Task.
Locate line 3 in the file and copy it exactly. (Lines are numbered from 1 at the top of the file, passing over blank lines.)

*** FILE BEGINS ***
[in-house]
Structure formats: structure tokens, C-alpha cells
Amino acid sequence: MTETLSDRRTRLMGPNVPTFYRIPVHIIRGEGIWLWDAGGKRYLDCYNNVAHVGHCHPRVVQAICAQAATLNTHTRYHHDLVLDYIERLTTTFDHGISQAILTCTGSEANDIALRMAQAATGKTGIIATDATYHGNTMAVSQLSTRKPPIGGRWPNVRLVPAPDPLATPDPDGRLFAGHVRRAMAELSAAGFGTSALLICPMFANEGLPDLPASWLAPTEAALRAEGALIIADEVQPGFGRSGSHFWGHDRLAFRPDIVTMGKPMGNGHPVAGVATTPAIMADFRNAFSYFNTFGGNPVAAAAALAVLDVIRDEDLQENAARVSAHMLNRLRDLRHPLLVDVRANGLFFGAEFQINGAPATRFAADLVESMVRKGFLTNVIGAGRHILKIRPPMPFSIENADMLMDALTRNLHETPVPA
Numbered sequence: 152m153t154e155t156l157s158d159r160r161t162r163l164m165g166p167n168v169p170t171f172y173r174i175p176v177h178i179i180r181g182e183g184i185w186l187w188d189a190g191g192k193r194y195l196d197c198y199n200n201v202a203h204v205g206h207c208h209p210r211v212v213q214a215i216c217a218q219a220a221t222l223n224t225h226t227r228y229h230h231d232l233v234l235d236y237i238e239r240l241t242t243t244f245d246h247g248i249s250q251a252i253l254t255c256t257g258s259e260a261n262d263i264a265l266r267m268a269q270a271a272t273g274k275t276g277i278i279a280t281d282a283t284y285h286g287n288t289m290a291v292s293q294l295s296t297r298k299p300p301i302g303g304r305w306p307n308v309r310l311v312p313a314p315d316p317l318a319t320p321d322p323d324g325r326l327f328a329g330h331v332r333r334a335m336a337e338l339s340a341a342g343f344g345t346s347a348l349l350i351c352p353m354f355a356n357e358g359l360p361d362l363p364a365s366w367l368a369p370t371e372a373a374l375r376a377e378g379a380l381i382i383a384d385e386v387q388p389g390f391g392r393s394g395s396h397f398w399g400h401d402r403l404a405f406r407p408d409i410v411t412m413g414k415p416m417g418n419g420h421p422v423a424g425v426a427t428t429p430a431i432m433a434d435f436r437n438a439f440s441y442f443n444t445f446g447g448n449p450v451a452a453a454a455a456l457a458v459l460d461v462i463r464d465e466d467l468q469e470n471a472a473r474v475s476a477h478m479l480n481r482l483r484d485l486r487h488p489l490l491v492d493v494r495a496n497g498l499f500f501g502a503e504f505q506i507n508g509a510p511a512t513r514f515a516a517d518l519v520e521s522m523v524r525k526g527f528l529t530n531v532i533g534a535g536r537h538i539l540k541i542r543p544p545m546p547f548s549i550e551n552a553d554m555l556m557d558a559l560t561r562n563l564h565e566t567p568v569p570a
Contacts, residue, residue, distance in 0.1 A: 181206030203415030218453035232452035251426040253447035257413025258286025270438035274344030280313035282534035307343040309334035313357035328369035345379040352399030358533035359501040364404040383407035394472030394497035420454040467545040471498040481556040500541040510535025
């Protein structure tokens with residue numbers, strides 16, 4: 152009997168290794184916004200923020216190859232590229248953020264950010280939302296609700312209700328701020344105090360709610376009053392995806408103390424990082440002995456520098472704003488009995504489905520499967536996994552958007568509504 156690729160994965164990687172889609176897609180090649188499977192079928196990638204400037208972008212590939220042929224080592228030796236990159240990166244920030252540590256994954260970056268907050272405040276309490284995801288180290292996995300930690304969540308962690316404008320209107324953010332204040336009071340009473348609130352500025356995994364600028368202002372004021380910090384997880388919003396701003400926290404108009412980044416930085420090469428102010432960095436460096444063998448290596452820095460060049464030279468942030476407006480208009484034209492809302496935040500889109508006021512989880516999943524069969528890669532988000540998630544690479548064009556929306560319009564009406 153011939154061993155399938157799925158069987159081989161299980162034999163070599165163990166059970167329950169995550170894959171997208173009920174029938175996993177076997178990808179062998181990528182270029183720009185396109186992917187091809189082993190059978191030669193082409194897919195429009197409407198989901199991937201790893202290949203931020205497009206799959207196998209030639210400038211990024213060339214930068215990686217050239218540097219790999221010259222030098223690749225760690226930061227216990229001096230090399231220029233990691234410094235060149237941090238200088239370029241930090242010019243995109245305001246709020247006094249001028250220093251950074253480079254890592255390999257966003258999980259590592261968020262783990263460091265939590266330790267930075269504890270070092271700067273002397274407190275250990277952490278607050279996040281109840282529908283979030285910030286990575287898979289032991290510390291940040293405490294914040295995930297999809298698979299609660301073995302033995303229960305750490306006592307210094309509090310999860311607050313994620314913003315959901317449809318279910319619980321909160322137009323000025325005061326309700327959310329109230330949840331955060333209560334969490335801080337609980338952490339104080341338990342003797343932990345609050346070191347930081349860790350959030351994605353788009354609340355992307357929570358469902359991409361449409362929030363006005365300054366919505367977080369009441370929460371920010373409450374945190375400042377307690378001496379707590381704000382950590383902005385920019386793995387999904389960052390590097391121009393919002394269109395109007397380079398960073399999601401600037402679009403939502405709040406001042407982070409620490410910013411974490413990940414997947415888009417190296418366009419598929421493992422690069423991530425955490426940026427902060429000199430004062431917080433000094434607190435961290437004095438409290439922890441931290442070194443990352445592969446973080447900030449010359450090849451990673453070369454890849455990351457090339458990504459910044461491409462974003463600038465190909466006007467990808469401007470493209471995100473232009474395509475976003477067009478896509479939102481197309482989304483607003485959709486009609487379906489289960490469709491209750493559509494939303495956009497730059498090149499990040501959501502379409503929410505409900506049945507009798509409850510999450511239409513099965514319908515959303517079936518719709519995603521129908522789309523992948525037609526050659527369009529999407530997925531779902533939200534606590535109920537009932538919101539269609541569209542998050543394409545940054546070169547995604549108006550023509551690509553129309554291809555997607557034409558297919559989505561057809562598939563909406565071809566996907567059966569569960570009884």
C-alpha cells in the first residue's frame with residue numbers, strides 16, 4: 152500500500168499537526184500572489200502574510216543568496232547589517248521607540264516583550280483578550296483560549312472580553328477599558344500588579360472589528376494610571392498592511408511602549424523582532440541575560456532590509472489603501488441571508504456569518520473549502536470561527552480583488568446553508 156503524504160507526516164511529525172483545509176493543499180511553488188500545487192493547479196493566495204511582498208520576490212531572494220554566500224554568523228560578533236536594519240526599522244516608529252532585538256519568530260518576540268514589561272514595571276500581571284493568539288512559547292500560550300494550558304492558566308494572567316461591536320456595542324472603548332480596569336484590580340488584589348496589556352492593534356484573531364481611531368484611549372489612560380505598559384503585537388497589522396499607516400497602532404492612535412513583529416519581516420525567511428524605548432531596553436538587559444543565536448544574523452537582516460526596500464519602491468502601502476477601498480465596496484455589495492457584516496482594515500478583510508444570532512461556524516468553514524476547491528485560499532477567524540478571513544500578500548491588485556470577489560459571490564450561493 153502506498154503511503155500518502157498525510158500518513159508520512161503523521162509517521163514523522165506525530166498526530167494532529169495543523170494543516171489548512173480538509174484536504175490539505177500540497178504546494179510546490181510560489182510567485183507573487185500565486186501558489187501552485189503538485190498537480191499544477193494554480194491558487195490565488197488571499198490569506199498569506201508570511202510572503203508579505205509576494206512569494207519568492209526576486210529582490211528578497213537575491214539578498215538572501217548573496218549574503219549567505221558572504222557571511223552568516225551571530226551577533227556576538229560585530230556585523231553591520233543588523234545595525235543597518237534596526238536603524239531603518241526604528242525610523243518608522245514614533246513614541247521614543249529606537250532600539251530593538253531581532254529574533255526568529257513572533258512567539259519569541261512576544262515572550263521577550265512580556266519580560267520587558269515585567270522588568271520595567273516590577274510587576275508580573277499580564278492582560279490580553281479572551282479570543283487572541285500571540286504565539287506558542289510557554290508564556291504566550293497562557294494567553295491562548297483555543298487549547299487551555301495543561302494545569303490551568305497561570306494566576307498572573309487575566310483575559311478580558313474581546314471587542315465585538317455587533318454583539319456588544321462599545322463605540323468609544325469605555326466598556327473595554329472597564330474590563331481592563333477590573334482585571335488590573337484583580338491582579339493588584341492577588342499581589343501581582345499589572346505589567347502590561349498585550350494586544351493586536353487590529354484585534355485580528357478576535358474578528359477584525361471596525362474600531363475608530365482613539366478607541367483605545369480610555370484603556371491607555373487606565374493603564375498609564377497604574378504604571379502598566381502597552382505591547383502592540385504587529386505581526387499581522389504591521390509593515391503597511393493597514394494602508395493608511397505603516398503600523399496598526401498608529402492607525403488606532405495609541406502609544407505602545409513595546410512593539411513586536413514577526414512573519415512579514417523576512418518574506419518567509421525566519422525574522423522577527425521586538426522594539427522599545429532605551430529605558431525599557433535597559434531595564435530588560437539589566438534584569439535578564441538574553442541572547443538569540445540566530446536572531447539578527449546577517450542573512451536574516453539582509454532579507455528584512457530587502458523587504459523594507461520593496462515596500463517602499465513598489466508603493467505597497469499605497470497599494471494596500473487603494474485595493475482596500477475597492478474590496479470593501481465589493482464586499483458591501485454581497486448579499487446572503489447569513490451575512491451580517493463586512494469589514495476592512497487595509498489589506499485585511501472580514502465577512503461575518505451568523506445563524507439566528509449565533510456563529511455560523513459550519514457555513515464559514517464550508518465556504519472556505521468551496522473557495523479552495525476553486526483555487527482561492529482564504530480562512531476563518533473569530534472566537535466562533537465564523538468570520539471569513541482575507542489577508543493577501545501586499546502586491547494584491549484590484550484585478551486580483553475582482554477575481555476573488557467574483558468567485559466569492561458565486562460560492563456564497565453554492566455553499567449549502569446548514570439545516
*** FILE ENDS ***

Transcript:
Amino acid sequence: MTETLSDRRTRLMGPNVPTFYRIPVHIIRGEGIWLWDAGGKRYLDCYNNVAHVGHCHPRVVQAICAQAATLNTHTRYHHDLVLDYIERLTTTFDHGISQAILTCTGSEANDIALRMAQAATGKTGIIATDATYHGNTMAVSQLSTRKPPIGGRWPNVRLVPAPDPLATPDPDGRLFAGHVRRAMAELSAAGFGTSALLICPMFANEGLPDLPASWLAPTEAALRAEGALIIADEVQPGFGRSGSHFWGHDRLAFRPDIVTMGKPMGNGHPVAGVATTPAIMADFRNAFSYFNTFGGNPVAAAAALAVLDVIRDEDLQENAARVSAHMLNRLRDLRHPLLVDVRANGLFFGAEFQINGAPATRFAADLVESMVRKGFLTNVIGAGRHILKIRPPMPFSIENADMLMDALTRNLHETPVPA